Earlier in the semester, we have had class discussion about racial health disparities. We’ve discussed many of the ways racial experiences determine biological and social health of pregnant women, mothers, and infants. I briefly mentioned in class that the killing of black youth and young men by police officers could be a direct stressor to black mothers or soon-to-be mothers. The recent murders of black men and children (including Tamir Rice, age 12) and the failure of the justice system to indict their murderers is a violation of reproductive freedom, which includes the ability to choose to parent. Every mother is entitled to raise her child a safe environment. No mother should ever have to watch her child be murdered for existing and then watch his killer walk free. No woman should be afraid to become a mother out fear of bringing a child into a racist, violent system that will target him as a thug, a predator or a criminal.
Reflecting over the failure to indict Darren Wilson over the past week has caused me to wonder why some lives matter and why some don’t matter to our government. This question is connected to our last class discussion about what causes a political issue to receive attention or not. The murder of Michael Brown and the Ferguson protests have certainly gained attention in the media. But action against racial police violence has not received agency in our government. People are putting themselves in danger to protest racial injustice just as they have been doing for decades, but the government is taking little action. I believe that the answer to my initial question lies in century-old institutional racism that values white lives over black lives.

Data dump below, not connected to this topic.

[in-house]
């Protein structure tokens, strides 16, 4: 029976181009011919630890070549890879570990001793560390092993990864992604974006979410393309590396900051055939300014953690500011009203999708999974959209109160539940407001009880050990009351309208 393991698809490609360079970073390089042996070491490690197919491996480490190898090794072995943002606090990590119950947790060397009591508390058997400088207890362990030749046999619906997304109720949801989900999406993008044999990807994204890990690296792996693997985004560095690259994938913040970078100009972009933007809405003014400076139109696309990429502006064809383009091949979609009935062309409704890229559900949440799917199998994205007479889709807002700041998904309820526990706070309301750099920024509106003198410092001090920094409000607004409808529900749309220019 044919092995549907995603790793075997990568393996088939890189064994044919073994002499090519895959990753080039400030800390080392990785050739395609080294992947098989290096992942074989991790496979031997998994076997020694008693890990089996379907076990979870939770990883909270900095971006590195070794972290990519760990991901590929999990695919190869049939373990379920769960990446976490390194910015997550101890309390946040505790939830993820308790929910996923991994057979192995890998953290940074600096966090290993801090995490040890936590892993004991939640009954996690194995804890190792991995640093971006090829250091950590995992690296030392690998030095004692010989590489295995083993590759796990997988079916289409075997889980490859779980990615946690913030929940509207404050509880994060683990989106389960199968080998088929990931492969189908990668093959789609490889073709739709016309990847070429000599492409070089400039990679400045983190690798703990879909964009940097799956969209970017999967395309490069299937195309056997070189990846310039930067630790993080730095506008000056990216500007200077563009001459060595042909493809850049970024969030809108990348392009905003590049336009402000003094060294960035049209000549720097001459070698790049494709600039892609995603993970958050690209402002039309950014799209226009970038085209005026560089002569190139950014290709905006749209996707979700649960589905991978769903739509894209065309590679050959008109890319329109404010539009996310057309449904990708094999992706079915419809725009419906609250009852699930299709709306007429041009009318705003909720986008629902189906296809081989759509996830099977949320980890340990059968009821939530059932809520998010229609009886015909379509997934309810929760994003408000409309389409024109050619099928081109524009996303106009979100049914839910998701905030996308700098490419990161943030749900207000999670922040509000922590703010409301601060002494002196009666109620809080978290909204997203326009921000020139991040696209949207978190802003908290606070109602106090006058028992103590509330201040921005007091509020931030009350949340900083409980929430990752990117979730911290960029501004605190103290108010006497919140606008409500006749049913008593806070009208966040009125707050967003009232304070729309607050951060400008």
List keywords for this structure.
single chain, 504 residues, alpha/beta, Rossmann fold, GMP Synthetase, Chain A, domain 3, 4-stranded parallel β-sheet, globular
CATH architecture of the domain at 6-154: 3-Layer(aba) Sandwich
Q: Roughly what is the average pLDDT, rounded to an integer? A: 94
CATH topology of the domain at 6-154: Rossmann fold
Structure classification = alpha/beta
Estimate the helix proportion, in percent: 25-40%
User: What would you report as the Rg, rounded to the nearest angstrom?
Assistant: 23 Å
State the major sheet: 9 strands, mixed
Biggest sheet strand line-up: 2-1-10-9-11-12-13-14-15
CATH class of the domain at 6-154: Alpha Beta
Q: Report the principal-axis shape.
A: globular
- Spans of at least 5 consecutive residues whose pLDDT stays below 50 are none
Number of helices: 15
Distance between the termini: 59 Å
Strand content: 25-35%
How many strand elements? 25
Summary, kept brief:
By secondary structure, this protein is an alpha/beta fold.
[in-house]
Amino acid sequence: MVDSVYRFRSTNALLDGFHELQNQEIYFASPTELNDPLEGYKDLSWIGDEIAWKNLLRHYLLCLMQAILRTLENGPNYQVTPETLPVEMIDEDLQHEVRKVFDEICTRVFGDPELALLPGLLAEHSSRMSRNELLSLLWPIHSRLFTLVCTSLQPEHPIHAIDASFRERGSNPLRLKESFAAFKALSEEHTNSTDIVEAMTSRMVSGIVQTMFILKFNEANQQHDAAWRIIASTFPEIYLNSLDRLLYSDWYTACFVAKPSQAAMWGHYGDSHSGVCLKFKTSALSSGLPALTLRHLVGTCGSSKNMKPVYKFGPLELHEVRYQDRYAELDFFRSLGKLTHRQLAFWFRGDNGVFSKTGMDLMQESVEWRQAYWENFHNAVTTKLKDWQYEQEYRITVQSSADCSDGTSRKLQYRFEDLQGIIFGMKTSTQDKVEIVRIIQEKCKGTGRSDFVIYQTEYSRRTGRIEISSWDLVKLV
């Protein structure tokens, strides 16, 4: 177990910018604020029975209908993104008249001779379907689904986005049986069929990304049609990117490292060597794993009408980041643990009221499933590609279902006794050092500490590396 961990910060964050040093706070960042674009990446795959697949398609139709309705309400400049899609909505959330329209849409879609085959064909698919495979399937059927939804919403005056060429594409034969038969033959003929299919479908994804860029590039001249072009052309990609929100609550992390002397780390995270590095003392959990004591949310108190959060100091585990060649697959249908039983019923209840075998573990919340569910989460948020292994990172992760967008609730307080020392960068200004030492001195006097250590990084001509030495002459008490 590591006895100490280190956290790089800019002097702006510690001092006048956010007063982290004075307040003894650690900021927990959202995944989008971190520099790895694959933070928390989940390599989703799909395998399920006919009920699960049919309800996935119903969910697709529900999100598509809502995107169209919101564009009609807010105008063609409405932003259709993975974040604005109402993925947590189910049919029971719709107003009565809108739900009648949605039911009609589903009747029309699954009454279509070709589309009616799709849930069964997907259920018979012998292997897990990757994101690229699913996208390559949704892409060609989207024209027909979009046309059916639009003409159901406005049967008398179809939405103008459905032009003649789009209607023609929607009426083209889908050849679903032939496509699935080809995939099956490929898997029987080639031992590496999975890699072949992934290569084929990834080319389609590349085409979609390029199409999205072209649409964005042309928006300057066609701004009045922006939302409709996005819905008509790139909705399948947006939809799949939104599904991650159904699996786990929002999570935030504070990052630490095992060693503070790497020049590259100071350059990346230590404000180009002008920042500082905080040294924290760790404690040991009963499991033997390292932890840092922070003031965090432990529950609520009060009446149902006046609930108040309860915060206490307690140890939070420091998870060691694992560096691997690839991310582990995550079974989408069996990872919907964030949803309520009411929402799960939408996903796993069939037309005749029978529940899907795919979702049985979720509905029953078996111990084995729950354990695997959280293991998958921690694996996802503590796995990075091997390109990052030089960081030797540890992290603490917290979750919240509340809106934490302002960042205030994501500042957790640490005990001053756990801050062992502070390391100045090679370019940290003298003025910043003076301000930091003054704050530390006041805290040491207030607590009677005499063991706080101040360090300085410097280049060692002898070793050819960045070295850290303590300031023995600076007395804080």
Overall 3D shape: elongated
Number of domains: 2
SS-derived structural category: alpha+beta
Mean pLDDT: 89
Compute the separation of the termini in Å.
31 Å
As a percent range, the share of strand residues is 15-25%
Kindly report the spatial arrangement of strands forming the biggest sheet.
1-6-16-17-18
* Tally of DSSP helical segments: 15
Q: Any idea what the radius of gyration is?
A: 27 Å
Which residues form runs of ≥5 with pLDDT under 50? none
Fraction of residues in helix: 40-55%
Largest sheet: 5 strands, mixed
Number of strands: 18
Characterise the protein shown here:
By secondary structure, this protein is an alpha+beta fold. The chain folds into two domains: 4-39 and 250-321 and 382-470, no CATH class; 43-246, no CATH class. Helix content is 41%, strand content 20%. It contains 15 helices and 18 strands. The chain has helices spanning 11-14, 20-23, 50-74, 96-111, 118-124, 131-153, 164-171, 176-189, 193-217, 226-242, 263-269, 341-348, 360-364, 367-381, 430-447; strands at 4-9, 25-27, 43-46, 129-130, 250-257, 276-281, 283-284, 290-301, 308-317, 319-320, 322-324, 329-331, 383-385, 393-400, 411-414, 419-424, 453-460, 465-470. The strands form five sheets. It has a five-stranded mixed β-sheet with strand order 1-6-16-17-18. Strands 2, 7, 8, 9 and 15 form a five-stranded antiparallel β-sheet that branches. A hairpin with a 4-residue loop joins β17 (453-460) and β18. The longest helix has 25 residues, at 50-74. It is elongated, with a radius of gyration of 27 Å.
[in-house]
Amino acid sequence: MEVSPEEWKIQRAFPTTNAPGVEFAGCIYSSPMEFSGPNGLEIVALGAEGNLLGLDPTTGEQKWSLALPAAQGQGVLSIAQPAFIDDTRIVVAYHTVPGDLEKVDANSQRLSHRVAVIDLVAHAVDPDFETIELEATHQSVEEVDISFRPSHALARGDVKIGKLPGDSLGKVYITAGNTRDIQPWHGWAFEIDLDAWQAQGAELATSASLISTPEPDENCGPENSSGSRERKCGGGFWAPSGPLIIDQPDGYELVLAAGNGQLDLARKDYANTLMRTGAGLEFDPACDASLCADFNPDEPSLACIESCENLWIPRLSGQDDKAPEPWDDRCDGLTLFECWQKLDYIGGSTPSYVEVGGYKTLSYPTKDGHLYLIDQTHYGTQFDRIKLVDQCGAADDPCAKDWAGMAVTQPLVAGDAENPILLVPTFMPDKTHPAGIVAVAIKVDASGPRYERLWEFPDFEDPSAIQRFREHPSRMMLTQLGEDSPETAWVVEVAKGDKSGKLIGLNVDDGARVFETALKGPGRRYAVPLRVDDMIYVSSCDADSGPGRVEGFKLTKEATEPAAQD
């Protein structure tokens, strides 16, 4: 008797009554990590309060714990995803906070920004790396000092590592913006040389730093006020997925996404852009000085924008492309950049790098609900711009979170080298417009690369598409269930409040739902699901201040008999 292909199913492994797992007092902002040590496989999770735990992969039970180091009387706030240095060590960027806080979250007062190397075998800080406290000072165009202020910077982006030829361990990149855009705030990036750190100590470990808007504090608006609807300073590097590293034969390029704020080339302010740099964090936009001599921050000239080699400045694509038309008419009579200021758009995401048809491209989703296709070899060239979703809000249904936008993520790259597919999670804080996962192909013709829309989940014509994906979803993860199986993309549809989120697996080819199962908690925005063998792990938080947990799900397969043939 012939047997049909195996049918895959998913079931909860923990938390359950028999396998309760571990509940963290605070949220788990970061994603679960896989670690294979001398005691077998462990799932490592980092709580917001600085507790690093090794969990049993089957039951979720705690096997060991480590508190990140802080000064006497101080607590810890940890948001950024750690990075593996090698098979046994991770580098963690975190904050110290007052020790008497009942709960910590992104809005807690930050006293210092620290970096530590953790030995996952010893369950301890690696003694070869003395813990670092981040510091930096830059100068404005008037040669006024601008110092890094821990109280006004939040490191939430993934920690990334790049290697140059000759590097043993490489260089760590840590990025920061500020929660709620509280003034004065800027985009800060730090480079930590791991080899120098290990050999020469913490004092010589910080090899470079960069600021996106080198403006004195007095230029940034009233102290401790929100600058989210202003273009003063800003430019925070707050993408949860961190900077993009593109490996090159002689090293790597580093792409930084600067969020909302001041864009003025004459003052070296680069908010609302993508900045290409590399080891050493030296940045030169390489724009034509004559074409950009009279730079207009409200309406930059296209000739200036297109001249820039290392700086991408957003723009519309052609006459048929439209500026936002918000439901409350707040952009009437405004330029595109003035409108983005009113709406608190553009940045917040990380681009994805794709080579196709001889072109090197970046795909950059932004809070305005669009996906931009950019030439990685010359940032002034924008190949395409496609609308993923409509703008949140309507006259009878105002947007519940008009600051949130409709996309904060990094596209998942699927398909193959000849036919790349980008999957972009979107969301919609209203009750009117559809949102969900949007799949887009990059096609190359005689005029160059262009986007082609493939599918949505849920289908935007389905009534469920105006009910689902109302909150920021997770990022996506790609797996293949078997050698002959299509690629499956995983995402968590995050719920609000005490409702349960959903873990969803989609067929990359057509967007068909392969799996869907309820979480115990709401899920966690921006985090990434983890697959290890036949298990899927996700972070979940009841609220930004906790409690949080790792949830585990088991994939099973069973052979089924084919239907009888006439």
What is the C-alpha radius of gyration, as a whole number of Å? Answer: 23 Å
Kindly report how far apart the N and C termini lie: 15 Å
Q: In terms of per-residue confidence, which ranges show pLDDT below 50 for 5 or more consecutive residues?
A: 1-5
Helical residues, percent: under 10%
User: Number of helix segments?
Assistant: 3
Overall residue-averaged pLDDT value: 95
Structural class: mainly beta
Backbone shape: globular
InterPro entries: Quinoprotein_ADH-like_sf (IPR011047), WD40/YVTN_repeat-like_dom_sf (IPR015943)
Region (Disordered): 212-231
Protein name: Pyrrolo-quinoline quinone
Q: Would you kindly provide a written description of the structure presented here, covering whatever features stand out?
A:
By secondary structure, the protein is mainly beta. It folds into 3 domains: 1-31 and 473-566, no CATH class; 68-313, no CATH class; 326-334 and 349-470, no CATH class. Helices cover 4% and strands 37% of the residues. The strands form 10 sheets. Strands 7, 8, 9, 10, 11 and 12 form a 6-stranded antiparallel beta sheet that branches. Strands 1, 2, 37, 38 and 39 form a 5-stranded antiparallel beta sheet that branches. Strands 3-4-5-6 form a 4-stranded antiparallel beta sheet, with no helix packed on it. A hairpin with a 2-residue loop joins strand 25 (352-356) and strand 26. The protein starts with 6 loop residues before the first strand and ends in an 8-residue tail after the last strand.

This article was posted in August, five days after Michael Brown was fatally shot. The following quote resonates with me conceding the connection of reproductive justice to racial justice:
It is here where the question of “Whose lives are valued?” enters into the picture, for how cheap must a life be if millions of onlookers can think that stolen cigars justify a murder? Can we have reproductive justice if the children of some are considered inherently less valuable by several orders of magnitude? If the life of a child or a young man or woman is so cheap that misunderstandings, small mistakes, or false accusations justify their deaths, what can then be said about the rights they enjoyed in life and how valuable they turned out to be?
Reproductive justice is about more than the right to choose whether or not to be pregnant. It includes ensuring that all lives are valued and each person has access to safety- free from violence against the body or livelihood. This can be applied globally; people deserve the right to reproductive justice no matter where they live, how much money they have, or where they stand in society. To ensure that reproductive justice is reached, we must work to dissolve the disproportionate violence faced by people of color and poor people. We must dissolve the devaluation of lives based on color. In America, we must start by protecting black lives from systematic violence and attaining justice for the lives that have already been lost.